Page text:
A LOOK at the history of Perth’s top architectural sector reveals a past full of expansion and cannibalistic mergers.
A LOOK at the history of Perth’s top architectural sector reveals a past full of expansion and cannibalistic mergers. In the process, some firms have been propelled into the national and international arenas, while others have chosen to remain autonomous and purely Western Australian.
Cox Howlett and Bailey Woodland director Greg Howlett said it was while reading a research paper in the early 1990s that he realised his firm (then Howlett and Bailey) needed to expand to compete for the top projects in the future architectural market.
Mr Howlett said the paper predicted that, in 20 years’ time, a number of global construction companies would do all the major construction and that these businesses would expect to work with architectural firms of similar size and experience.
“At the time my firm was one of five major firms in Perth, but it was becoming increasingly difficult to win the larger projects,” Mr Howlett said.
Clients were beginning to look for larger, more widely experienced firms, he said.
Philip Cox approached Howlett and Bailey – after the office of Perth firm Philip Cox Etherington Coulter and Jones office was closed – in what Mr Howlett said was an ideal opportunity to merge with a national architectural organisation.
In 1998 Cox Howlett and Bailey absorbed Forbes Fitzhardinge and Woodland, which became Cox Howlett Bailey and Woodland.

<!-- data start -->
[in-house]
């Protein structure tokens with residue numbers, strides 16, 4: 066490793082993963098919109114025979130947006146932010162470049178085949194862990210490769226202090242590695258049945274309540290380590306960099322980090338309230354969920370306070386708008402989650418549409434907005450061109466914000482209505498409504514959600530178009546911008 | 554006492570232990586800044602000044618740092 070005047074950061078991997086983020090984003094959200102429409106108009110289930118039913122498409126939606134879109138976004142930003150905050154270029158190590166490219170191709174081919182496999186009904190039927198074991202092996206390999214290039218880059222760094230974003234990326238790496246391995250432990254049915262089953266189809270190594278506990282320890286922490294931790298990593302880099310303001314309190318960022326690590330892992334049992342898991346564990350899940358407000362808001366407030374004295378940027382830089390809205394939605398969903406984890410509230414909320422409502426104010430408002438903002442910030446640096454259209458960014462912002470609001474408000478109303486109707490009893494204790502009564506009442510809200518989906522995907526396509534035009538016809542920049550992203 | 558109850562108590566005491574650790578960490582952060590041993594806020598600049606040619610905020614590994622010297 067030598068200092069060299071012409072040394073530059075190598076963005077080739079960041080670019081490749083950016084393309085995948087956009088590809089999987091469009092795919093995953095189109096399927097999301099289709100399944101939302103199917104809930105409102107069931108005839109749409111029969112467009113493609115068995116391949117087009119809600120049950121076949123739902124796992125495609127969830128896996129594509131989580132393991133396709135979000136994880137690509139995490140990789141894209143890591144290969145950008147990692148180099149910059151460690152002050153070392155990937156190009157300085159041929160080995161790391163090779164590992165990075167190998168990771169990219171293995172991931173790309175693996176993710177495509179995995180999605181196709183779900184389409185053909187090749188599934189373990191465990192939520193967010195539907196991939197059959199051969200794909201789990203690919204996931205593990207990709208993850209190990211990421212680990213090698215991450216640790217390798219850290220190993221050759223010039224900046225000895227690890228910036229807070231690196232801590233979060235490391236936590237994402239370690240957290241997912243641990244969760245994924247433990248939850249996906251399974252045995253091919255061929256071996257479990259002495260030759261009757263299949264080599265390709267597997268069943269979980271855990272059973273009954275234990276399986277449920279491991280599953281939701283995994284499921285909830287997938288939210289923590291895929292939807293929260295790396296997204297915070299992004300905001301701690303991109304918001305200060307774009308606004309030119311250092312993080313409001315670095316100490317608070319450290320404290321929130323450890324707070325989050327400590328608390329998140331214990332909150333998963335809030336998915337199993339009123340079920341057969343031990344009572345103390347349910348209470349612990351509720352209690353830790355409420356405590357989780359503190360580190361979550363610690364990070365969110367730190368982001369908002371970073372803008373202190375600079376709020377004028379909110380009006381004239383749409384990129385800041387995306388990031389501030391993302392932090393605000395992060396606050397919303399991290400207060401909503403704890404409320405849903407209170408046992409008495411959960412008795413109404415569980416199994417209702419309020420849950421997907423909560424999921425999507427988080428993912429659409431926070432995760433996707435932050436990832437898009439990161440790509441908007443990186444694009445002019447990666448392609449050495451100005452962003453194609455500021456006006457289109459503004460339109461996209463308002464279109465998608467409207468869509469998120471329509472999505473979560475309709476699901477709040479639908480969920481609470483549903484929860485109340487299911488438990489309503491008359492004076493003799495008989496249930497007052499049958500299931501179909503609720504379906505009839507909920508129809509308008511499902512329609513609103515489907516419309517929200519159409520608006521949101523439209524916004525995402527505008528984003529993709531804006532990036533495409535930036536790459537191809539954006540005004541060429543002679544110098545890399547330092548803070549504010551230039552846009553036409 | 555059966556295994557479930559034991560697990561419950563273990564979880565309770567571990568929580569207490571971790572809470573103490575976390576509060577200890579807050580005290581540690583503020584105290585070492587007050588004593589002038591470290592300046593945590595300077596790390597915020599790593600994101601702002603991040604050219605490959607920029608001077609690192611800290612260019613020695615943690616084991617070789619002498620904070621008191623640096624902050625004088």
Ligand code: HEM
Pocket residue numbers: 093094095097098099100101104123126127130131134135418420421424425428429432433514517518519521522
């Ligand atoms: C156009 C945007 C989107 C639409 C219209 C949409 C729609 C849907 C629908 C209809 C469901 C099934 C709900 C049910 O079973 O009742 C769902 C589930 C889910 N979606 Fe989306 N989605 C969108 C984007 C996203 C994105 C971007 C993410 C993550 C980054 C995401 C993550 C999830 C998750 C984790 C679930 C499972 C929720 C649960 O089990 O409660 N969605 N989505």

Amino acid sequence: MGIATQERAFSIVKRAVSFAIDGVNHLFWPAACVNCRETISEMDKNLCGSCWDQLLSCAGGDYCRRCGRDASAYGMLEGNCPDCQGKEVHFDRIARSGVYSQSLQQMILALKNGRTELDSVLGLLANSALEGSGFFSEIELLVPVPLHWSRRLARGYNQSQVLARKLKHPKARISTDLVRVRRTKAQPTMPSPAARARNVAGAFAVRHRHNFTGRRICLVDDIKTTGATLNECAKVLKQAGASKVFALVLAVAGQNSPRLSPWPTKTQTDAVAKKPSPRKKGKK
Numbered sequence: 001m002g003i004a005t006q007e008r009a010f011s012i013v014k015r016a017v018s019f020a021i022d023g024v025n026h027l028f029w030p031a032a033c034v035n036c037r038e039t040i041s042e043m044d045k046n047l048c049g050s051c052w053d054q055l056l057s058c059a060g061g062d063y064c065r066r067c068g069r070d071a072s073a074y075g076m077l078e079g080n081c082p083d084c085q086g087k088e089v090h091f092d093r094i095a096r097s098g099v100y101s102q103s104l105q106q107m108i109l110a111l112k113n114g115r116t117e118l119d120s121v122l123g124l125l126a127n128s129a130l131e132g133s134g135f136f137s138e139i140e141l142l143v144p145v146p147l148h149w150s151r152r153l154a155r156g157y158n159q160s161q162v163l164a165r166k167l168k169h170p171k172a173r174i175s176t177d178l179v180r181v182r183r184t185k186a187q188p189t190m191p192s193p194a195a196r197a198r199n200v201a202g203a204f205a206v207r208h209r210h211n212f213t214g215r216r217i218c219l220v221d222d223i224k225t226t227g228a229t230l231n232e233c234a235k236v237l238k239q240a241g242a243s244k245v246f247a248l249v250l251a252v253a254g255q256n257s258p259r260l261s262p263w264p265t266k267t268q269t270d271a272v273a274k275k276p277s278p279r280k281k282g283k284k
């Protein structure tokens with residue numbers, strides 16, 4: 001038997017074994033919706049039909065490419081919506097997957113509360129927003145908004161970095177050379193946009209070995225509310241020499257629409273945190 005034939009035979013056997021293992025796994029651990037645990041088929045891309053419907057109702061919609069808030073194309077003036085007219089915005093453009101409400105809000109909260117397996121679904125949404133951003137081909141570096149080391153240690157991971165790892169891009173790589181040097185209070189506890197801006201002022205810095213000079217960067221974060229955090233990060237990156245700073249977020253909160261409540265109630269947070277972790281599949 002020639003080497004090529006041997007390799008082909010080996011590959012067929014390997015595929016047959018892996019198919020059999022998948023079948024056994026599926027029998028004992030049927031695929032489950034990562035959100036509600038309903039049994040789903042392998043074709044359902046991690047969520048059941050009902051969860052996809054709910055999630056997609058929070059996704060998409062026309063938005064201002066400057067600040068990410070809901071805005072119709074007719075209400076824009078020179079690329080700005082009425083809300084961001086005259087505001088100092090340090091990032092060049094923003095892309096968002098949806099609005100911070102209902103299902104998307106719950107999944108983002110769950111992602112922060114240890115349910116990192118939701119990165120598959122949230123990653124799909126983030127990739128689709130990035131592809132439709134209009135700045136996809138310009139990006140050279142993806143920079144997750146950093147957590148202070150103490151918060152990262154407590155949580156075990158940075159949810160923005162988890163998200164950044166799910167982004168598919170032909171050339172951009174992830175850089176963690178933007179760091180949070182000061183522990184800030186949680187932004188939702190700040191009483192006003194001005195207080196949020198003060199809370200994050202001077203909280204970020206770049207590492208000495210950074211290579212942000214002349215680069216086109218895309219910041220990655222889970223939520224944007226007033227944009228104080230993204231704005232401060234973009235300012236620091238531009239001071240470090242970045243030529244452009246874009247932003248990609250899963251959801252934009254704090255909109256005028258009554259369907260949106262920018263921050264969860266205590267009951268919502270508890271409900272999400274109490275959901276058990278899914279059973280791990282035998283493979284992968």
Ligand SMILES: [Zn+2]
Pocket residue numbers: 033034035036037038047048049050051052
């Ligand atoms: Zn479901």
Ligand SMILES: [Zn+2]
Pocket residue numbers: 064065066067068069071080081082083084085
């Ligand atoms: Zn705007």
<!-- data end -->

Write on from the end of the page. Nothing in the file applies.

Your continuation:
Mr Howlett said the significant changes in the com-position of the firm were not unusual, with most of Perth’s current leading firms consisting of local operators and national architectural companies.
The Buchan Group used to be Oldham Boas and Ednie – Brown Partners, Spowers Archi-tects was formally Puddy Lee and Woodhead International was Brand Deakon Hay.
One of the State’s oldest firms, Cameron Chisolm and Nicol, placed fifth in the 2003 WA Business News Book of Lists list of architects, has a history dating back to 1884 when JW Wright established an office in Perth. After a succession of partners the firm emerged as Powell Cameron and Chisholm in 1930 and finally in the 1950s as Cameron Chisholm and Nicol, after which time the firm focused on building its national presence.
Since combining with Roger Gregson and Associates in 1992, Cameron Chisholm and Nicol has extended its reach offshore and now has an international office in Jakarta, Indonesia.
Among the top firms in Perth, Jones Coulter Young is the only one to choose to remain purely Western Australian.
JCY emerged from the dissolution of Philip Cox Etherington Coulter and Jones in 1995.
Director Richard Young said one of the reasons for the split was that he, Paul Jones and Ross Coulter did not want to become part of a national firm.
“We wanted to run and be accountable to ourselves,” he said.
“They have carried on as national firms and we have carried on as a WA firm. I think we have done well since 1995 and we have worked the way we wanted to work, controlled our own destiny and retained our autonomy.”
Mr Young said rather than expand through the national market the firm preferred to increase its growth in the local market.
“We have a good share of the local market considering our size,” he said.